- deficit at 9.7 per cent, debt at 72 per cent of GDP
by David Lindsay
New figures issued through a new statistical approach – the European Commission’s Excessive Debt Procedure - released yesterday show that government deficit and debt both fall well short of the Maastricht criteria, which measures the sustainability of governments’ financial position.
In terms of government deficit to gross domestic product ratio, yesterday’s data release shows Malta’s position as at the end of last year standing at 9.7 per cent, far above the Maastricht criteria’s ceiling of three per cent.
Government’s gross consolidated debt to gross domestic product ratio, meanwhile, worsened considerably last year and rose from 61.7 per cent in 2002 to a whopping 72 per cent at the end of 2003. The Maastricht criteria’s cut off line for ‘excessive debt’ is the 60 per cent level.
The recent shipyards restructuring exercise, however, played a significant role in raising the ratios.
As from this year, Malta will be submitting data on deficit and debt to the European Commission twice a year, with the first estimate having been submitted on 1 March and with the next update due on 1 September. The European Commission consider these data as being of high significance not only because of this reporting requirement but also because they are key economic indicators in their own right.
To this end, the new data analyses ‘General Government’, which includes the central government made up of ministries and departments, all other government accounts, and entities (referred to as Extra Budgetary Units, or EBU’s) in receipt of public funds that have been classified as forming part of this sector as well as local government, in our case local councils.
While data for Central Government is available from the centralised Departmental Accounting System, the financial out turn of the EBUs is taken from their annual audited accounts and where accounts are not available, the EBUs are surveyed. The audited accounts of the local councils were also examined for this first exercise.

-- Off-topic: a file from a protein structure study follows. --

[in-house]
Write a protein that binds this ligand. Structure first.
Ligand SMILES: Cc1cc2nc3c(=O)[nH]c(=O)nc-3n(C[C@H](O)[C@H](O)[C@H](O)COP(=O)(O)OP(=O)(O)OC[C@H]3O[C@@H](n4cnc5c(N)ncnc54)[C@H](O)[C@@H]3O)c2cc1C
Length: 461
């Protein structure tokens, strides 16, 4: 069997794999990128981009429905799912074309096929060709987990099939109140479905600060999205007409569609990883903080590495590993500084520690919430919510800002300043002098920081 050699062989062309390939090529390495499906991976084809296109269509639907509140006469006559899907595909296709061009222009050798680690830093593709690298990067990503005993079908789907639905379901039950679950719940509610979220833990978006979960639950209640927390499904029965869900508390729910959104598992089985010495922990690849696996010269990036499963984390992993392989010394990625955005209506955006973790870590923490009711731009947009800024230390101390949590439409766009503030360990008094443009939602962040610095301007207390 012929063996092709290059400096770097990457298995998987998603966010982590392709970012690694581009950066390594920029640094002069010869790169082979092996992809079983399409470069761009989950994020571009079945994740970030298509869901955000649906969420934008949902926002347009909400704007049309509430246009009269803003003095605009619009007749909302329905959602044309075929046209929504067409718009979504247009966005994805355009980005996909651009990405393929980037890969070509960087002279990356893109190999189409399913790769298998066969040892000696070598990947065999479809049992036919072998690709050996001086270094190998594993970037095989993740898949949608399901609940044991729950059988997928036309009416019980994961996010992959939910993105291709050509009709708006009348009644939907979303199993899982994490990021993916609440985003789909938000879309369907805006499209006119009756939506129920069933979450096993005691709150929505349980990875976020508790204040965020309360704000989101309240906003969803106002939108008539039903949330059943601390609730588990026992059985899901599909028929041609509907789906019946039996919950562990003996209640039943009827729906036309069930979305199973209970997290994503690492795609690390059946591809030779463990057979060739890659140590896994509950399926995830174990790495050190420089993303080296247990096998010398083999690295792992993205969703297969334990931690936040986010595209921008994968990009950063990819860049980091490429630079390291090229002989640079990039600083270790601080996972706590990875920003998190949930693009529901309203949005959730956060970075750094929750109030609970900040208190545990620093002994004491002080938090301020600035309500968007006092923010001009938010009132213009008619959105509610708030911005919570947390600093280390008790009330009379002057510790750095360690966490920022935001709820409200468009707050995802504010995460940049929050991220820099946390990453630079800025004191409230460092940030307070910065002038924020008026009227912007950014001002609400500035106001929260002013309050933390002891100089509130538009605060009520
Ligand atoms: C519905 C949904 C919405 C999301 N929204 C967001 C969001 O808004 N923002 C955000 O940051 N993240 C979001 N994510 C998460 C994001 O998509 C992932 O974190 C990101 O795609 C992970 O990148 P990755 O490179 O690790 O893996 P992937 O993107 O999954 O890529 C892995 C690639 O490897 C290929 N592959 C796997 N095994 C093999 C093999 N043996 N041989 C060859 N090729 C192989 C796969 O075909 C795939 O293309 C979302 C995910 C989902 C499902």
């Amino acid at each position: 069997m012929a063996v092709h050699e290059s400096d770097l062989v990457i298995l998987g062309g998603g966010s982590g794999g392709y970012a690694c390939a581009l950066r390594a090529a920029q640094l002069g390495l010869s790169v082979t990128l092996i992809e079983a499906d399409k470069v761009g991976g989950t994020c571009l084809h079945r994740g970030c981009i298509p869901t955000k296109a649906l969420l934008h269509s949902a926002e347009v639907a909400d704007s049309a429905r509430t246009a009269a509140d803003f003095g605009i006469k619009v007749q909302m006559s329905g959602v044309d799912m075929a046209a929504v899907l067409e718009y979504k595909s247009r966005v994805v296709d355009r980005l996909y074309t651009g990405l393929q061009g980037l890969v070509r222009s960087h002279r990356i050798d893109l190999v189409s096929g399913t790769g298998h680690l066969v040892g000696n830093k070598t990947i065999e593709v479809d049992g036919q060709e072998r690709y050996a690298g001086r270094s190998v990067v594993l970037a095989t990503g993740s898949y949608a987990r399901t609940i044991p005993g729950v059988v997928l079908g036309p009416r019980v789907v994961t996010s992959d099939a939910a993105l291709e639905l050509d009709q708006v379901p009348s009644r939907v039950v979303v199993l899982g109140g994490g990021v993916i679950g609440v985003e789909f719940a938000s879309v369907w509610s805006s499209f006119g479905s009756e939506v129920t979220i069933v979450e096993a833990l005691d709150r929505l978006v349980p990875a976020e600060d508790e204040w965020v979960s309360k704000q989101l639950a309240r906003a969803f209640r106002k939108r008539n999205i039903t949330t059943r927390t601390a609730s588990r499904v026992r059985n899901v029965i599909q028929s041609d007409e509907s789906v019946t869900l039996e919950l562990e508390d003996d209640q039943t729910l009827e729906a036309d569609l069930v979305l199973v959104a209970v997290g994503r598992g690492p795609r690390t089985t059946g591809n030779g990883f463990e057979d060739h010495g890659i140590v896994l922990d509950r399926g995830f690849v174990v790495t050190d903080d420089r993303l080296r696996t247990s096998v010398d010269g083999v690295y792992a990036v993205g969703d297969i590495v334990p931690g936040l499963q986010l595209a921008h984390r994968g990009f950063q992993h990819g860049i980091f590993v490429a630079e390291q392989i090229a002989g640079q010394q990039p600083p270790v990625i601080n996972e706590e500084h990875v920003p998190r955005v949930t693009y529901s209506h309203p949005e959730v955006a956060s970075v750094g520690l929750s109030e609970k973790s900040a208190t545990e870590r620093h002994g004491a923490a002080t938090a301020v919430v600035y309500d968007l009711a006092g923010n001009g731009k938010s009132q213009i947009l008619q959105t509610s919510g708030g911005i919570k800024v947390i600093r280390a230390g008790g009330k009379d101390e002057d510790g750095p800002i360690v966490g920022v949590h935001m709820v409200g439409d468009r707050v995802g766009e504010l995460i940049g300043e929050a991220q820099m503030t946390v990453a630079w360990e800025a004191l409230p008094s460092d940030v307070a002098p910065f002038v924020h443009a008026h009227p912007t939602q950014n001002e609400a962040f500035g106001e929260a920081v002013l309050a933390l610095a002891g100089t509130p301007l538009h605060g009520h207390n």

However, the data presented to the EC differs significantly to the monthly news releases on government finance, are limited to the Government’s Consolidated Fund. The Excessive Deficit Procedure, on the other hand, exercise delves deeper into detail and looks at all government accounts as compiled in the annual financial report, as well as EBU’s and Local Councils.
Any transactions within the different funds and entities are consolidated. A further adjustment covers the profits due to the government from the Central Bank and are adjusted to account exclusively for trading profit. Adjustments are also made for accrued income and expenditure for the Consolidated Fund, based on a questionnaire sent to the major government ministries and departments.
The restructuring of the shipyard sector in 2002-2003, heralded in by the Dockyard and Shipbuilding Yard (Restructuring) Act, 2003, played no small part in the government’s deteriorating fiscal position and had a sizeable impact on last year’s government deficit and debt.
In fact, the negative impact, as a percentage, resulting from this adjustment as related to the shipyards issue was of 3.2 for the deficit, and 2.3 for the debt.
The impact of the Drydocks issue on the deficit levels amounts to an increase in the deficit of Lm57.9 million, a figure arrived “by summing up the aggregate liabilities of the MDD/MSCL net of the net book value of the fixed assets and the amount of realisable debtors”.
Meanwhile, the negative adjustment 2003’s debt position take into account the Lm41.9 million being total bank loans/overdrafts at the time of the closing down of the MDD/MSCL, while the advances by General Government are not included in this total. Likewise, any positive bank balances are not taken into consideration. This amount was also rolled forward into 2004.
The consolidated fund deficit for 2003 has been estimated at Lm105.3 million, or 5.8 per cent of GDP, which compares with a net borrowing of Lm102.7 million in 2002. However, the figure for 2003 includes a one-off adjustment of Lm57.9 million resulting from the restructuring of the Maltese shipyards. Net borrowing is referred to as ‘government deficit’ in the Maastricht Treaty.
At the end of 2003, general government gross consolidated debt at nominal value was Lm1,309.3 million compared with Lm1,108.3 million at the end of 2002.